15 May Instead of Waiting for Superman, why not save Superman?
I have to admit that I hadn’t watched Davis Guggenheim’s documentary Waiting for Superman until last weekend because 1) it had a long wait on Netflix and 2) I was in no hurry to see it since I was sure it was just going to be another condemnation of teachers from a non-educator’s point of view.
Before becoming a productivity consultant, I taught for 11 years, and my husband has been teaching for 17. He teaches (as did I) at a Title I school where 100% of the students are in the free breakfast and free lunch programs. When folks hear where we teach, they literally make a slight bow with their heads and say in a lowered voice, “Oh, that’s a tough spot.”
We both busted our butts every day to come up with amazing lessons that would entice the kids to learn. He – as do all passionate educators – deal with the daily ups and downs of a classroom teacher. One day there’s a break-through and all of the kids’ eyes light up with wonder. The next, there’s one kid in each class who acts like a complete jerk and ruins the class for everyone. Another day, a compliment is received from a colleague. The next, an administrator is asking why all of that late work can’t be accepted so the teacher won’t have such a high failure rate. And then the nail in the coffin is the news story on the front page at the end of the week that blasts teachers for doing a lousy job of preparing students for the real world.
Sucky teachers don’t care about any of that. (Yeah, that’s right, I said “sucky”. Unfortunately, they exist.) Lousy teachers just show up to collect a paycheck. They go through the motions of handing out worksheets – if that much – and just sit back and wait for the bell to ring. They don’t care about news stories or blanket admonishments of the staff during faculty meetings. If they did, they wouldn’t be the crappy teachers that they are.
Who does get hurt by the roller coaster of emotions? The passionate teachers who you do want teaching your kids. The teachers who are constantly thinking of the next great lesson, the better way to express a concept, the way to save the world. Those are the teachers who are nurturers, who love and care…and who, because of that personality type, take every minute on that roller coaster so personally. They become tired of being a verbal punching bag. So they leave. And so does that passion.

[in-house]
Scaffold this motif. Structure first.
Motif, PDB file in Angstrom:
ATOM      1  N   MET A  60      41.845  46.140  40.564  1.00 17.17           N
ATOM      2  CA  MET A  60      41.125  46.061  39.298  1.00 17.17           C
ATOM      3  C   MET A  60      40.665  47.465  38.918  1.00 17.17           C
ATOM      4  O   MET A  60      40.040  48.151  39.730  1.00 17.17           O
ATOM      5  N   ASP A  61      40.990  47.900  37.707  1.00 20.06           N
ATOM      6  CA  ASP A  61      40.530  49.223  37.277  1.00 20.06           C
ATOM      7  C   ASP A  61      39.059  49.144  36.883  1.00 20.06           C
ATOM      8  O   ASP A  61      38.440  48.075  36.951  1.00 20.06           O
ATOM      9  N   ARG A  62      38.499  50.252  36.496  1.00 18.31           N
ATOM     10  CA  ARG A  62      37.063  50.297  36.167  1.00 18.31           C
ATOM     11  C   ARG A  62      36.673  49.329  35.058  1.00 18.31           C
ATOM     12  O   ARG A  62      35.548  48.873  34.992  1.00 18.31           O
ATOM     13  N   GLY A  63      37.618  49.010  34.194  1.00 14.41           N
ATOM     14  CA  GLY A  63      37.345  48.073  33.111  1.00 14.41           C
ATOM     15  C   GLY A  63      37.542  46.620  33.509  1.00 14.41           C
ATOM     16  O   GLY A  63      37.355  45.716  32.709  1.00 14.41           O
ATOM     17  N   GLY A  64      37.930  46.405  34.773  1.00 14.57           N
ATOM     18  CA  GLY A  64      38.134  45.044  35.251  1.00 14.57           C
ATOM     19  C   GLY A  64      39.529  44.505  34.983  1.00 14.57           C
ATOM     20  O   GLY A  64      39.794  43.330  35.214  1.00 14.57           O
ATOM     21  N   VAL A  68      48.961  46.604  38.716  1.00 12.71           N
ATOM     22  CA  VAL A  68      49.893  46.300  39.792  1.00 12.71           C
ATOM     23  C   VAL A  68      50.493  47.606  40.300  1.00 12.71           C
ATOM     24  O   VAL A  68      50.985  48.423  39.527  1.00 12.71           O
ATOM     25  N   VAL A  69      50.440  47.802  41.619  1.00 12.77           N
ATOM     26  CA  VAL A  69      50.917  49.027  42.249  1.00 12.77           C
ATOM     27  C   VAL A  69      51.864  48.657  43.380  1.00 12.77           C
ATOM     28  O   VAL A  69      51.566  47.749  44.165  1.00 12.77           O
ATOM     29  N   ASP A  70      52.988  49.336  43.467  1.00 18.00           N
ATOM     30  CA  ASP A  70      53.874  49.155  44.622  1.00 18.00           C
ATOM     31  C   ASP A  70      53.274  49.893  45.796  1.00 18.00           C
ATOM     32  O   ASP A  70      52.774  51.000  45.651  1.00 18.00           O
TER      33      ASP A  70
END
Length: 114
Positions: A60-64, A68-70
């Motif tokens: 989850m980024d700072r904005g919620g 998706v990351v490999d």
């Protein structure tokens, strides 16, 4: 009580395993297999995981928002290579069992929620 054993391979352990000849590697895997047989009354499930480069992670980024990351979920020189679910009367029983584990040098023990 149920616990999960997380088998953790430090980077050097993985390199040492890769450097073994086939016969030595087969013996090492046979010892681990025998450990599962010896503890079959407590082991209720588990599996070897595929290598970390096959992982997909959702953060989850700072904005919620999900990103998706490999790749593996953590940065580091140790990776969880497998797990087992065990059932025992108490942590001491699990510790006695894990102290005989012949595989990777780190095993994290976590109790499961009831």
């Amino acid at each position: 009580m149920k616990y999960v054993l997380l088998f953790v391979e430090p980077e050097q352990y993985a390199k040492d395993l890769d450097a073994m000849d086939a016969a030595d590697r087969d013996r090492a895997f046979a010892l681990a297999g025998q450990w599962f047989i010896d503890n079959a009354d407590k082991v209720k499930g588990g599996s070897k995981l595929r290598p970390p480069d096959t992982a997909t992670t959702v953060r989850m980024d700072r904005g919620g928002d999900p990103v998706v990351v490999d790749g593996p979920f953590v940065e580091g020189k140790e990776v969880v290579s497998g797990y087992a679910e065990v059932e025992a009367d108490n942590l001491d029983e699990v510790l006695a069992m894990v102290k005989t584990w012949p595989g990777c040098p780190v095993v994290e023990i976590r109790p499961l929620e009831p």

Instead of waiting around for Superman, we need to save the Supermen and Superwomen who are already there. These are the teachers who instill a love of learning in students. These are the teachers who don’t skill and drill, but instead inspire creativity and inspiration and get kids to think and ask questions. Do you remember what it’s like to wonder? Awesome teachers know how to make that happen in their students. And they make it all look so easy.
What you may not realize is that Super-teacher has gotten to school by 7 AM and while they perhaps left by 4:15 PM, they worked at home for three hours each evening that week plus all day on Saturday to grade papers, plan incredible lessons, and grade some more. And what is their thanks? A headline that basically says, “You Suck.” A paycheck that says, “You’re not as deserving or important as a doctor or attorney or professional athlete.” An announcement at a faculty meeting: “You’re not doing enough; you need to do more.”
All that kryptonite will kill Superman. If you know a passionate teacher, you need to be that person who will lift the kryptonite away from Superman’s neck. You don’t have to do it for every teacher in America. Just start small. Start with one you know, or one who one of your friends knows. Say, “Thank you for your long hours.” “Thank you for what you do.” “Thank you for making a difference for even just one child.” “Thank you for trying when others have given up.”
Oh, wow. I was supposed to be writing my review of a movie I didn’t want to see. Well, here it goes…
(…to be continued in my next post, so stay tuned!)